The village's public schools are run by the Elmsford Board of Education and include Dixson Primary, Alice E. Grady Elementary and Alexander Hamilton Junior/Senior High School. The village is also home to the private Roman Catholic elementary school Our Lady of Mount Carmel, which is affiliated with the Catholic parish of the same name and which was established in 1929.

Dedicated in 1996, Carol Nichols Park has facilities for softball, basketball, tennis as well as a gated "kiddie park" and Sprinkler Park (attendant) for small children.

The town has had an animal shelter since the 1930s. In 1995 the shelter, Central Westchester Humane Society, moved to a location on Warehouse Lane South. The shelter was replaced by Pets Alive Westchester, and later Paws Crossed Animal Rescue, the current owner.

The Westchester Broadway Theater was a professional dinner theater venue established in Elmsford in 1974.[10] The theater closed permanently in October 2020 due to financial hardships caused by the ongoing COVID-19 Pandemic.[11][12]

Demographics[edit]

Historical population
Census Pop.
19201,535
19302,93591.2%
19403,0784.9%
19503,1472.2%
19603,79520.6%
19703,9113.1%
19803,361−14.1%
19903,93817.2%
20004,67618.7%
20104,664−0.3%
2019 (est.)5,216[2]11.8%
U.S. Decennial Census[13]

As of the census of 2010, there were 4,664[14] people, 1,618 households, and 1,101 families residing in the village. The population density was 4,306 people per square mile (1,641.3/km2). There were 1,618 housing units at an average density of 1,585.9 per square mile (610.0/km2).

There were 1,618 households, out of which 32.0% had children under the age of 18 living with them, 47.5% were married couples living together, 13.2% had a female householder with no husband present, and 32.0% were non-families. 25.5% of all households were made up of individuals, and 6.8% had someone living alone who was 65 years of age or older. The average household size was 2.88 and the average family size was 3.39.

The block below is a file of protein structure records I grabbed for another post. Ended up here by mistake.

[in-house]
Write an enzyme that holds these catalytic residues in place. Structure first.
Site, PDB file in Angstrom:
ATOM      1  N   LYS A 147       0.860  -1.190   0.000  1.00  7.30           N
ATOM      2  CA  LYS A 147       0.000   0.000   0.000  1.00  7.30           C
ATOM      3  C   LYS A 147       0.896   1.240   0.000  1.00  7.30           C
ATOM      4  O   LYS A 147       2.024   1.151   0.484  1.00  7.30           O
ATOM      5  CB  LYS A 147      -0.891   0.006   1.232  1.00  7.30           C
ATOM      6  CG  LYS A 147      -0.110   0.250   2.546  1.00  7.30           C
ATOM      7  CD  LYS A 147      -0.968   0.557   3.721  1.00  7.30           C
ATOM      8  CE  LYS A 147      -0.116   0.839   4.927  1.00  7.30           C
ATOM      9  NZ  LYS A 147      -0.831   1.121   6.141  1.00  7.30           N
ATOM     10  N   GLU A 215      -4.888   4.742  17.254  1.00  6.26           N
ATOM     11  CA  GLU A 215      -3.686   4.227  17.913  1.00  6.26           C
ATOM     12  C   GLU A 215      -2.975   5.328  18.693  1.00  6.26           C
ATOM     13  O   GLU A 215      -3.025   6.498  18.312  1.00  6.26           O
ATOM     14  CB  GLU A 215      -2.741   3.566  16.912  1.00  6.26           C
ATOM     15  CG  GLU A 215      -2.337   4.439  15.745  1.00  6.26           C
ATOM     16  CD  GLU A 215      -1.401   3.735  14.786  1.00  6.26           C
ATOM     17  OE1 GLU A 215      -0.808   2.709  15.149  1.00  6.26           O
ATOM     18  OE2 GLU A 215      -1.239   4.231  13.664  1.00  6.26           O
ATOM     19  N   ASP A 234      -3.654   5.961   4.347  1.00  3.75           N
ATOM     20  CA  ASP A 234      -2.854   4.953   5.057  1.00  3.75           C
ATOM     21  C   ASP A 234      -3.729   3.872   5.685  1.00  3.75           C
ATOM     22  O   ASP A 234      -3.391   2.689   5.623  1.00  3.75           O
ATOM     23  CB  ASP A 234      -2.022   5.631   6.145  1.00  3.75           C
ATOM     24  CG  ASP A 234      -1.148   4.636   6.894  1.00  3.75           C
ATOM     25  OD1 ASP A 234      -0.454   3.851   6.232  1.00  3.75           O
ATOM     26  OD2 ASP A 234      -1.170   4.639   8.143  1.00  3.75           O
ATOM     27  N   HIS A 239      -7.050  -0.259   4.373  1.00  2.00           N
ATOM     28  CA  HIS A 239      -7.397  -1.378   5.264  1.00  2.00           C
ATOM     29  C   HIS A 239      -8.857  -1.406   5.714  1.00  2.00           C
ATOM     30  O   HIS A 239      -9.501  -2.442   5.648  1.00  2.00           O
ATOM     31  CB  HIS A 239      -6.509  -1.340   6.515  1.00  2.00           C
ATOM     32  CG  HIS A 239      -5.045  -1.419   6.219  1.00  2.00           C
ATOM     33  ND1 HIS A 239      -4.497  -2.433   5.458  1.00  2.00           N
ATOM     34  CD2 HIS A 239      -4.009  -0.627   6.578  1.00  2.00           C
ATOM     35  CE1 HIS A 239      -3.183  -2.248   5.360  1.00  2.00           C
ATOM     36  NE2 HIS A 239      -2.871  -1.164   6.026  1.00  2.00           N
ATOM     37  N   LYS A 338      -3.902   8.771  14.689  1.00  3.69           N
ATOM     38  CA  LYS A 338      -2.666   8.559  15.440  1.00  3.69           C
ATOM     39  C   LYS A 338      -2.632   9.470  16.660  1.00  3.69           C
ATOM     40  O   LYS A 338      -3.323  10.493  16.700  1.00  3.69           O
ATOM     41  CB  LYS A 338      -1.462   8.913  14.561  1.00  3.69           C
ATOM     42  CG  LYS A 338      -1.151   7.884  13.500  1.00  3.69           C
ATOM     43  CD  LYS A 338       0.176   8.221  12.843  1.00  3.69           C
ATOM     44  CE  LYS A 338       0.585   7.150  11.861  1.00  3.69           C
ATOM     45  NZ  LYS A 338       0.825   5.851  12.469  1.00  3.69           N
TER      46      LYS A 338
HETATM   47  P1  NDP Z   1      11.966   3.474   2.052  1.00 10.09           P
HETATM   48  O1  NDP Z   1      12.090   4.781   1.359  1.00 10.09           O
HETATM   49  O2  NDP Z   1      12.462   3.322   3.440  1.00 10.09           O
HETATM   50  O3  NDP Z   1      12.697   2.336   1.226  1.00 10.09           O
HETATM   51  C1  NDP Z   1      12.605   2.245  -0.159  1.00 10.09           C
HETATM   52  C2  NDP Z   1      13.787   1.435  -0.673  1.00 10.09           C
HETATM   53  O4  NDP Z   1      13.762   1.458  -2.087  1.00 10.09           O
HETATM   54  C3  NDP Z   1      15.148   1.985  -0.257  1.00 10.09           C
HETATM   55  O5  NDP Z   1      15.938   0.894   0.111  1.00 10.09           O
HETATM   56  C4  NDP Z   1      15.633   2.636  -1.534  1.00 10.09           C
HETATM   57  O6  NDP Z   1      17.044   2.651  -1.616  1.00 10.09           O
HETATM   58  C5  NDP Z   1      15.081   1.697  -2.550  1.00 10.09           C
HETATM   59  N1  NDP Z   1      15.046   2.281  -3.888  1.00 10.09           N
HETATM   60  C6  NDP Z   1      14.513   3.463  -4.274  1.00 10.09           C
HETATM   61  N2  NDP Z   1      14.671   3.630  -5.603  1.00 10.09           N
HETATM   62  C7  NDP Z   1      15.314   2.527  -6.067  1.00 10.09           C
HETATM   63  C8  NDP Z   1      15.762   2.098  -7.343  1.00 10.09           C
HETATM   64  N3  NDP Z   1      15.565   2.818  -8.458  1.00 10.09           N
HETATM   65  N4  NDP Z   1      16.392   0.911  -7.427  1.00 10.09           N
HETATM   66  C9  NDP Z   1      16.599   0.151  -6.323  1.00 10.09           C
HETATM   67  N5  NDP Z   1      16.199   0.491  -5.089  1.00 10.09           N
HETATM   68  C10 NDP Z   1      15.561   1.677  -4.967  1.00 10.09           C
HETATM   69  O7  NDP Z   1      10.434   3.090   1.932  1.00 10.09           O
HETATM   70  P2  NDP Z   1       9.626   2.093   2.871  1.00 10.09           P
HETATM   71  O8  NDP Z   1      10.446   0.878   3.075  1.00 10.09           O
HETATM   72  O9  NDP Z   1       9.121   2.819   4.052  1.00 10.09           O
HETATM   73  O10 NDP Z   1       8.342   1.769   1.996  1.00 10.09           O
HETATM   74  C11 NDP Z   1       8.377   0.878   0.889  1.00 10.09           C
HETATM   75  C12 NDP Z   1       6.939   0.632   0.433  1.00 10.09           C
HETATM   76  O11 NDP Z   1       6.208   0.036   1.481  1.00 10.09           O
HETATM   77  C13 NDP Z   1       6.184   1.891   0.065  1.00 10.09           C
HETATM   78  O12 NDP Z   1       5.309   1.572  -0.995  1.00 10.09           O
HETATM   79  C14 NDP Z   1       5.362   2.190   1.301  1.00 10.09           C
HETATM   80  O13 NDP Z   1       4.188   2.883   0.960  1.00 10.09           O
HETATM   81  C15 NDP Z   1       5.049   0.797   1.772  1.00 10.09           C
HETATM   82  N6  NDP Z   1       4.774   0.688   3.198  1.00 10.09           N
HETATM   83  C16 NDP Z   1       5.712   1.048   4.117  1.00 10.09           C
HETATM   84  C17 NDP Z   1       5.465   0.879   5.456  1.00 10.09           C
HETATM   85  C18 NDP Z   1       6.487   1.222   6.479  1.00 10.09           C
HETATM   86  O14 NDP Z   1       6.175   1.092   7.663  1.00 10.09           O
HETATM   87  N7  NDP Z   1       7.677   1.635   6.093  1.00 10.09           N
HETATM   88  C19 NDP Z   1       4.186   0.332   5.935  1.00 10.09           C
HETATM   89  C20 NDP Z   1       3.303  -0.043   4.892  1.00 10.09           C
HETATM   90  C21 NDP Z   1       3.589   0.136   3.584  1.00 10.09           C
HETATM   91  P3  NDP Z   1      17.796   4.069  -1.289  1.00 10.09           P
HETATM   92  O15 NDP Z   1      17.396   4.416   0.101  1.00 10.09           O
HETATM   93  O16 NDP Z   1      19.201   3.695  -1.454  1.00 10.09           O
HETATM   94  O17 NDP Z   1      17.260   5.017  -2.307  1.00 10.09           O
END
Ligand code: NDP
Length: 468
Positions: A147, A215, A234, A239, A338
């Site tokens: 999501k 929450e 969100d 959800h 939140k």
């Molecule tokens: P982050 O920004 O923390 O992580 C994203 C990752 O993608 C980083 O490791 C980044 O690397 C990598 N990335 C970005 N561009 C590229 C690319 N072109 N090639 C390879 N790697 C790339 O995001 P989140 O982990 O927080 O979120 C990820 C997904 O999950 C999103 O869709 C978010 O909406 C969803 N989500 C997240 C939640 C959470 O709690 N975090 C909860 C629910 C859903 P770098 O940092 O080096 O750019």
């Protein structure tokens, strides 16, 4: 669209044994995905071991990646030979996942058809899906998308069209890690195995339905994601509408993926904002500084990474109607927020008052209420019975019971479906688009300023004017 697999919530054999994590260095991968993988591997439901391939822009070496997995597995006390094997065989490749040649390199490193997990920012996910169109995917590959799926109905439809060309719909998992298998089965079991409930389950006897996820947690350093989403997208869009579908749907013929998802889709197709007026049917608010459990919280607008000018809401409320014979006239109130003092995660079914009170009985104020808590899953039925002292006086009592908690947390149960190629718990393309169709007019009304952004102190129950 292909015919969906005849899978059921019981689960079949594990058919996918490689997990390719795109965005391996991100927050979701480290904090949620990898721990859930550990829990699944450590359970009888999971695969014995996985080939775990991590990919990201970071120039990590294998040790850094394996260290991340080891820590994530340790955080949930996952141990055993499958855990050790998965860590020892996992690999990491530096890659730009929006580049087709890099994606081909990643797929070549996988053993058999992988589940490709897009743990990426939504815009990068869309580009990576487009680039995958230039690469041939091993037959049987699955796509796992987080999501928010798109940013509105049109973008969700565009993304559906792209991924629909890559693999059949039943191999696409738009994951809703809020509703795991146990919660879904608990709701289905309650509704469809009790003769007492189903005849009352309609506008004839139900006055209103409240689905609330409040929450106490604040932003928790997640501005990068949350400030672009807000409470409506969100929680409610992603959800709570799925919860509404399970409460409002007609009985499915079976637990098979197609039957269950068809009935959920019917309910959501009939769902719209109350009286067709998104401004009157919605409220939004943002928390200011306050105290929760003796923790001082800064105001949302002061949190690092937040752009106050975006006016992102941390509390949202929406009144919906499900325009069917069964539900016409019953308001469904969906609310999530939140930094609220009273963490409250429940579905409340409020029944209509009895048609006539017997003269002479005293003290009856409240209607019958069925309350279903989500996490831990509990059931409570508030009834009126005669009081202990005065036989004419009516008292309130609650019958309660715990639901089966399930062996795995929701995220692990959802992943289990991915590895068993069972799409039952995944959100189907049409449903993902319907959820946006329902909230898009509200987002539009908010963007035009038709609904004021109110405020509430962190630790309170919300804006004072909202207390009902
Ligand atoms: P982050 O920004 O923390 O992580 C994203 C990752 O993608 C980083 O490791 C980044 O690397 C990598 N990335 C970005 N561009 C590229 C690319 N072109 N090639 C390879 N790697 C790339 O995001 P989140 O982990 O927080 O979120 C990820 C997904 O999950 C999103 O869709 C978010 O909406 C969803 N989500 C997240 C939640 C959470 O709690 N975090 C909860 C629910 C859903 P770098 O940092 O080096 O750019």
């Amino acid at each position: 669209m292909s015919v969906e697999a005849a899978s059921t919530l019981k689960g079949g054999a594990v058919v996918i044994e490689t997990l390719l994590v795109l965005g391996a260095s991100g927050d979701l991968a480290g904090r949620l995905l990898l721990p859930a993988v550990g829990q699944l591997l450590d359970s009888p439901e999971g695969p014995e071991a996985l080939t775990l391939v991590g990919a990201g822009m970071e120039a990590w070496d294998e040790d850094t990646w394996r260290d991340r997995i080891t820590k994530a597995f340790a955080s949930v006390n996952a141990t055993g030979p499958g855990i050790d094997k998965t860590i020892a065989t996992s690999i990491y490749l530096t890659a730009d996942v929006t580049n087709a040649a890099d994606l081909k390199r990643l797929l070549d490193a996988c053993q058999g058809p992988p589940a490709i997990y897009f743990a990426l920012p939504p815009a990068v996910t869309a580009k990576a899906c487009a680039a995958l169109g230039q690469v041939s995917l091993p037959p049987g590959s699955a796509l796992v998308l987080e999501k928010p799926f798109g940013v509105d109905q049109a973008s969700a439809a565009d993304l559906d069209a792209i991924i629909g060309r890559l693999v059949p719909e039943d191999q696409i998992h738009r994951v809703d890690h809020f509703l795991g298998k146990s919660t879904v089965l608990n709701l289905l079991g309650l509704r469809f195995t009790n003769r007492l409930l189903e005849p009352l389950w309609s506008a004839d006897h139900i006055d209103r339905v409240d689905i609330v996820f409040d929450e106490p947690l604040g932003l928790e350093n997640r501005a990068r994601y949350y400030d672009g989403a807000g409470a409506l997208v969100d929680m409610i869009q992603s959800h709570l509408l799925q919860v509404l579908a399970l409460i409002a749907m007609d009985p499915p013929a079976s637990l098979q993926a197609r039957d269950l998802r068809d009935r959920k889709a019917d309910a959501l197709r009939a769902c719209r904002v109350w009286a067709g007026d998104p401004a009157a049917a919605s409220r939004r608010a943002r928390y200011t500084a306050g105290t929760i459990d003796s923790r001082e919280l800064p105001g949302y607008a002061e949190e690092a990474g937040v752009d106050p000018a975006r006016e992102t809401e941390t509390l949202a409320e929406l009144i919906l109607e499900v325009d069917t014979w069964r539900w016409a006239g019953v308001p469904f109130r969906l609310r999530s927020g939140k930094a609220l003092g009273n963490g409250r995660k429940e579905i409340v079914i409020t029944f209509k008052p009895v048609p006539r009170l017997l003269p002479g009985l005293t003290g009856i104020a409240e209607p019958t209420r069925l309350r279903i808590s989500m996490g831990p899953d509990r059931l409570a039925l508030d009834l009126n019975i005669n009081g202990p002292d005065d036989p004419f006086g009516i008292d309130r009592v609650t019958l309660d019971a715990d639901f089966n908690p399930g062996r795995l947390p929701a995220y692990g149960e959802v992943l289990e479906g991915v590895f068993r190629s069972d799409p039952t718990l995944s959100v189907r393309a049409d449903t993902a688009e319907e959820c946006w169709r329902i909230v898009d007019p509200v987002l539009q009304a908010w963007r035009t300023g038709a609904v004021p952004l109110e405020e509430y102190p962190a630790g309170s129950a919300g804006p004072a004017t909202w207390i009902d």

The village population was spread out, with 22.1% under the age of 18, 12.8% from 18 to 24, 33.5% from 25 to 44, 24.4% from 45 to 64, and 10.8% who were 65 years of age or older. The median age was 35.1 years. Males make up 50.9% of the population while women make up 49.1% of the population [14]

The racial makeup of the village was 46.4%% White, 20.5% African American, 0.6% Native American, 10.5% Asian, 0% Pacific Islander, 18.0% from other races, and 4.1% from two or more races. Hispanic or Latino of any race were 38.0% of the population.

The median income for a household in the village was $74,069, and the median income for a family was $84,698.[15] Males had a median income of $43,649 versus $41,356 for females. The per capita income for the village was $32,448. About 8.58% of families and 10.86% of the population were below the poverty line.[16]

Notable people[edit]

Popular culture[edit]

  • A scene in the movie Freedomland (2006) was shot at the Red Fox Diner on Rte. 9A in Elmsford.
  • A scene in the movie 8mm (1999) was shot outside the Elmsford Motel on Rte. 119.
  • A scene in the movie Disconnect (2012) was shot at the Saw Mill River Motel next to the Saw Mill River Parkway.

References[edit]

  1. ^ "2019 U.S. Gazetteer Files". United States Census Bureau. Retrieved July 27, 2020.
  2. ^ a b "Population and Housing Unit Estimates". United States Census Bureau. May 24, 2020. Retrieved May 27, 2020.
  3. ^ "Profile of General Population and Housing Characteristics: 2010 Demographic Profile Data (DP-1): Elmsford village, Westchester County, New York". United States Census Bureau. Retrieved November 17, 2011.
  4. ^ "Casaletto Ristorante".
  5. ^ "Modern Ruins: New York Central's Putnam Division". Xydexx.com. November 28, 2015. Archived from the original on April 2, 2017.
  6. ^ "National Register Information System". National Register of Historic Places. National Park Service. March 13, 2009.
  7. ^ "US Gazetteer files: 2010, 2000, and 1990". United States Census Bureau. 2011-02-12. Retrieved 2011-04-23.
  8. ^ "Train Stations - Putnam Railroad". BillBoeckelman.com. Retrieved 2021-04-11.
  9. ^ "XYDEXX.COM: Modern Ruins - New York Central's New York & Putnam Railroad (Putnam Division)". www.xydexx.com. Retrieved 2021-04-11.
  10. ^ Kramer, Peter D. (April 20, 2017). "Lower Hudson Valley professional theaters mark major milestones". Lohud.com. Archived from the original on April 21, 2017.
  11. ^ "COVID-19: Westchester Broadway Theatre Closes After Nearly Half-Century Run". White Plains Daily Voice. 2020-10-27. Retrieved 2021-04-11.
  12. ^ Bahr, Sarah (2020-11-23). "Dinner Is No Longer Served: Theater That Built Careers Is Gone". The New York Times. ISSN 0362-4331. Retrieved 2021-04-11.
  13. ^ "Census of Population and Housing". Census.gov. Retrieved June 4, 2015.
  14. ^ a b "All Zip Codes in Elmsford NY".
  15. ^ "Elmsford, New York (NY) income map, earnings map, and wages data".
  16. ^ http://www.usa.com/elmsford-ny-income-and-careers.htm

External links[edit]

Coordinates: 41°03′18″N 73°49′12″W / 41.05500°N 73.82000°W / 41.05500; -73.82000